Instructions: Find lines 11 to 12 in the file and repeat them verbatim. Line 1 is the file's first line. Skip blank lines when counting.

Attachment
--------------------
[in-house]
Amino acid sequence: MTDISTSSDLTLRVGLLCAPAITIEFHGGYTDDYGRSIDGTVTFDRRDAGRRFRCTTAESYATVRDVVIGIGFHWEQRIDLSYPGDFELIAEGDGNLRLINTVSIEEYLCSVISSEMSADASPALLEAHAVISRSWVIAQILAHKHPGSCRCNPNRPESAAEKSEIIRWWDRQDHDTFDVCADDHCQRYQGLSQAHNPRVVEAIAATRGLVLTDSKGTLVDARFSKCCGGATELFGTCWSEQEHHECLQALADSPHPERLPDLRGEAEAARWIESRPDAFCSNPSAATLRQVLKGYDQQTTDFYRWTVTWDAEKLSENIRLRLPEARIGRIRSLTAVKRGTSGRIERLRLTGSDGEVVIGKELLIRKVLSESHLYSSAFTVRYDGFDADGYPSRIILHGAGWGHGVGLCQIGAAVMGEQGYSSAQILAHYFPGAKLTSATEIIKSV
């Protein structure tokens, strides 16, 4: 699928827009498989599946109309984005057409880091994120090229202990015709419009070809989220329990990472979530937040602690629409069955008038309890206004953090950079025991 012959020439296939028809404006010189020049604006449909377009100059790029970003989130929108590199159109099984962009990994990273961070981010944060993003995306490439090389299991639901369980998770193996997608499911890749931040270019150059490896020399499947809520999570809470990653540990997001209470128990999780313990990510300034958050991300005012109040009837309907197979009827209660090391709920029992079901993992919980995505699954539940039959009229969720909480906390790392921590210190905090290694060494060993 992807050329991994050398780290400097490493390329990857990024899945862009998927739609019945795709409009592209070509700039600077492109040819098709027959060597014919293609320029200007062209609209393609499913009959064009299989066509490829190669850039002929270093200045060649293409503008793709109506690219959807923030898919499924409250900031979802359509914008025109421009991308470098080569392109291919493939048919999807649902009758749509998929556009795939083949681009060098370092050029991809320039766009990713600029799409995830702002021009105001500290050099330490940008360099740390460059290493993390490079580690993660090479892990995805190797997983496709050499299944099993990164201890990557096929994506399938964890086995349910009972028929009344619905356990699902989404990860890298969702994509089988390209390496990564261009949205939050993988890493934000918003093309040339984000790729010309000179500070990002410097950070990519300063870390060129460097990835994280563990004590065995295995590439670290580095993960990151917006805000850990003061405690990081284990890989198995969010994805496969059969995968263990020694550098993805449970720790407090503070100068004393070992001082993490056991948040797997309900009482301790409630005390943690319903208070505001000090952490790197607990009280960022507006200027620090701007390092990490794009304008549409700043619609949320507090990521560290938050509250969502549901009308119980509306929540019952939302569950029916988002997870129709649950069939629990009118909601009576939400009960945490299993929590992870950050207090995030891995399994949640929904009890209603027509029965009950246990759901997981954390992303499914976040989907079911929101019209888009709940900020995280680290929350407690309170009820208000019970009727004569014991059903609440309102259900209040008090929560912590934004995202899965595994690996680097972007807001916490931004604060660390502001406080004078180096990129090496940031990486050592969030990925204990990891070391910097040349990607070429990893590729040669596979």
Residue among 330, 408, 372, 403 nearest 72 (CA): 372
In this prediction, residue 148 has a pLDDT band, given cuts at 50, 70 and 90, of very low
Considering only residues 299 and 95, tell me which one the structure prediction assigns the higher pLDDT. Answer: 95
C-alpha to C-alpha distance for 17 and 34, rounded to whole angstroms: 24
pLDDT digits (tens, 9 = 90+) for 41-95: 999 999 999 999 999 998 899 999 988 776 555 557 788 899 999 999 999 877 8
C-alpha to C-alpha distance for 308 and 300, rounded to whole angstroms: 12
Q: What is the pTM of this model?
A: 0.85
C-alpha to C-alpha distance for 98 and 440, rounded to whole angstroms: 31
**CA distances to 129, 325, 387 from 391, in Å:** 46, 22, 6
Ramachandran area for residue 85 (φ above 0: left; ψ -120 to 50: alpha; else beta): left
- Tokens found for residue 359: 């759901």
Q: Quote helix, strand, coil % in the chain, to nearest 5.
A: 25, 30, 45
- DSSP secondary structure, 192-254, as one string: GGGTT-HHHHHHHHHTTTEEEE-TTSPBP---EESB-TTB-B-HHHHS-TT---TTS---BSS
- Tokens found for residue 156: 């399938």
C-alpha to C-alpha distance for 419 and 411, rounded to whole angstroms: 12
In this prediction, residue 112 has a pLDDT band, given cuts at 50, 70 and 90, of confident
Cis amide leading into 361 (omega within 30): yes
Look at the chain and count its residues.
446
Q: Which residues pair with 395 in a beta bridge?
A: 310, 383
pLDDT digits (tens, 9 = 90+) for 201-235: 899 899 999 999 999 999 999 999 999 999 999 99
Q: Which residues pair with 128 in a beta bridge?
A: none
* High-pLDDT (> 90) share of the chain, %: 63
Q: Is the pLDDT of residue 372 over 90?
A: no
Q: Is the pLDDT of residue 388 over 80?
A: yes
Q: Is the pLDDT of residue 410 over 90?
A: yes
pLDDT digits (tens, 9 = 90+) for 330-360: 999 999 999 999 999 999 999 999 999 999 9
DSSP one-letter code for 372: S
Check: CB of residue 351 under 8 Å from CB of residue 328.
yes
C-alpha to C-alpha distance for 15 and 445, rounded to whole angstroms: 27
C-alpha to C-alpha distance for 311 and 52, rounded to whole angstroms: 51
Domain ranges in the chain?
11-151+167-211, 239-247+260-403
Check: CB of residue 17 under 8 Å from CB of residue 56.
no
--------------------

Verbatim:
A: 0.85
C-alpha to C-alpha distance for 98 and 440, rounded to whole angstroms: 31